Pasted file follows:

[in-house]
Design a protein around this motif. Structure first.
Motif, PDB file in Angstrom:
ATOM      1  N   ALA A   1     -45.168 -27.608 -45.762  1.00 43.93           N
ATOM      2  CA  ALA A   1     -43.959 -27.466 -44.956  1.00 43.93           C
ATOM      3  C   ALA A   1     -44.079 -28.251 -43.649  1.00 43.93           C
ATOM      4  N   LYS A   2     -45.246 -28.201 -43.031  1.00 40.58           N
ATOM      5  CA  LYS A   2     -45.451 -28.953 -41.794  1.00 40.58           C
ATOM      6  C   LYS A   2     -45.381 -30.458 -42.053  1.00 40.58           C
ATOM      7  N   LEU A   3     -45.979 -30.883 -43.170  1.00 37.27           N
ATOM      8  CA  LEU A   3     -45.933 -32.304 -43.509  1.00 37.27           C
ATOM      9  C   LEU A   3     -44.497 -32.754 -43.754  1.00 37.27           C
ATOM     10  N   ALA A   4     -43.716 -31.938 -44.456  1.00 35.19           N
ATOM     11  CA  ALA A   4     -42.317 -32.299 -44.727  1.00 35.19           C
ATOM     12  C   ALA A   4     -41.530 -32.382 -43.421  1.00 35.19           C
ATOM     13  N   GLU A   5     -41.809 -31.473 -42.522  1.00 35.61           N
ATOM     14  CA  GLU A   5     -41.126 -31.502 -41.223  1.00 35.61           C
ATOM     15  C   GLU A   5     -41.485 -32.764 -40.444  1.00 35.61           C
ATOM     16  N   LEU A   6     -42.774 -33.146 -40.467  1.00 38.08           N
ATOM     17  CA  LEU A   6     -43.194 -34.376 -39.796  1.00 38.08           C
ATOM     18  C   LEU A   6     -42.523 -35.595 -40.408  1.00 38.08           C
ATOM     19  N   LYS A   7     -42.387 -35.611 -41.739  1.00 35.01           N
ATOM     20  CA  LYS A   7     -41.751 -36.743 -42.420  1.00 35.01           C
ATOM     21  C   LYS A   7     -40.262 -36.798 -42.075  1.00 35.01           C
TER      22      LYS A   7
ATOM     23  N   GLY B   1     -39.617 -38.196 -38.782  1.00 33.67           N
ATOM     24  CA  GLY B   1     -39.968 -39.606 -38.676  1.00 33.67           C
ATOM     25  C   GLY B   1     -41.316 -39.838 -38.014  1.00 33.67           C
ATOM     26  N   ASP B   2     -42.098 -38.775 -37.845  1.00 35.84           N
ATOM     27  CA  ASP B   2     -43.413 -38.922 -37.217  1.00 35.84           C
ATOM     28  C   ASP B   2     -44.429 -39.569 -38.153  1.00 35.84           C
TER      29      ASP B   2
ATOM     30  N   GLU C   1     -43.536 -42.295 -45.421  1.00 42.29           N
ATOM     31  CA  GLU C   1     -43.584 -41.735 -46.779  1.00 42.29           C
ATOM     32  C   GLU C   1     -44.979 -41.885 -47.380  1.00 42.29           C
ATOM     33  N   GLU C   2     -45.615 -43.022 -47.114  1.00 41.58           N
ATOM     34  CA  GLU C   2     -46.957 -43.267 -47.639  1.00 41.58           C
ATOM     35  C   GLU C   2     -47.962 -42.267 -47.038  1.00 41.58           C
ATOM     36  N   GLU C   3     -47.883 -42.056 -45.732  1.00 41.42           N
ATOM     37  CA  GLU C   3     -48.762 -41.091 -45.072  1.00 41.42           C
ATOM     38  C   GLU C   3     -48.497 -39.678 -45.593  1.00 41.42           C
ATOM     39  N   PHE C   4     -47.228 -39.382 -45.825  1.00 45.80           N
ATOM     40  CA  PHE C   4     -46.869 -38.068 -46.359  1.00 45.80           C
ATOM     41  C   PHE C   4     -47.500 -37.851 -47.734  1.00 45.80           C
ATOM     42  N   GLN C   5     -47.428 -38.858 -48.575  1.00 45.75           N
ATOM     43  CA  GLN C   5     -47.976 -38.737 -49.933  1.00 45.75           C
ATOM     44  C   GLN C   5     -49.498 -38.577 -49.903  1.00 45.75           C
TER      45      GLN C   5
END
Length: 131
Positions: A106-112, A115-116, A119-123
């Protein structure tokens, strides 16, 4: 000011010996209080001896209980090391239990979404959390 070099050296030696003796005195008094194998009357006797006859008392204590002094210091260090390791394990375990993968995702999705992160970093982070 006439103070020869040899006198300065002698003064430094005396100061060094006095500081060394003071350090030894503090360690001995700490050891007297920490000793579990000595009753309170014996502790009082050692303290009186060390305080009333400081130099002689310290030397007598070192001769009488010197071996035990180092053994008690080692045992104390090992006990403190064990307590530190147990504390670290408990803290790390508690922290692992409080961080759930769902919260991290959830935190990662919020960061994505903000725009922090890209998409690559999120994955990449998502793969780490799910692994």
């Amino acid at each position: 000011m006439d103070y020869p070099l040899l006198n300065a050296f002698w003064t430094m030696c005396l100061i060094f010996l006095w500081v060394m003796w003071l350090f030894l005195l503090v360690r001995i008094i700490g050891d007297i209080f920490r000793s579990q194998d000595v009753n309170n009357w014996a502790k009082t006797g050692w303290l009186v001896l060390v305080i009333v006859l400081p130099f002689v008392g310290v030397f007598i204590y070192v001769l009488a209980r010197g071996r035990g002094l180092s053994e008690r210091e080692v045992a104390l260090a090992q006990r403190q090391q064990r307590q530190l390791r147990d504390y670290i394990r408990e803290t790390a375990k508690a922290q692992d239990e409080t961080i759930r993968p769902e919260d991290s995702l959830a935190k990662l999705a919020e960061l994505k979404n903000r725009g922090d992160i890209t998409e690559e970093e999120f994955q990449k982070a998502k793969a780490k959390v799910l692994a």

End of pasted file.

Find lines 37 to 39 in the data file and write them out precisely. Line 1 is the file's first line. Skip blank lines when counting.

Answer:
ATOM     34  CA  GLU C   2     -46.957 -43.267 -47.639  1.00 41.58           C
ATOM     35  C   GLU C   2     -47.962 -42.267 -47.038  1.00 41.58           C
ATOM     36  N   GLU C   3     -47.883 -42.056 -45.732  1.00 41.42           N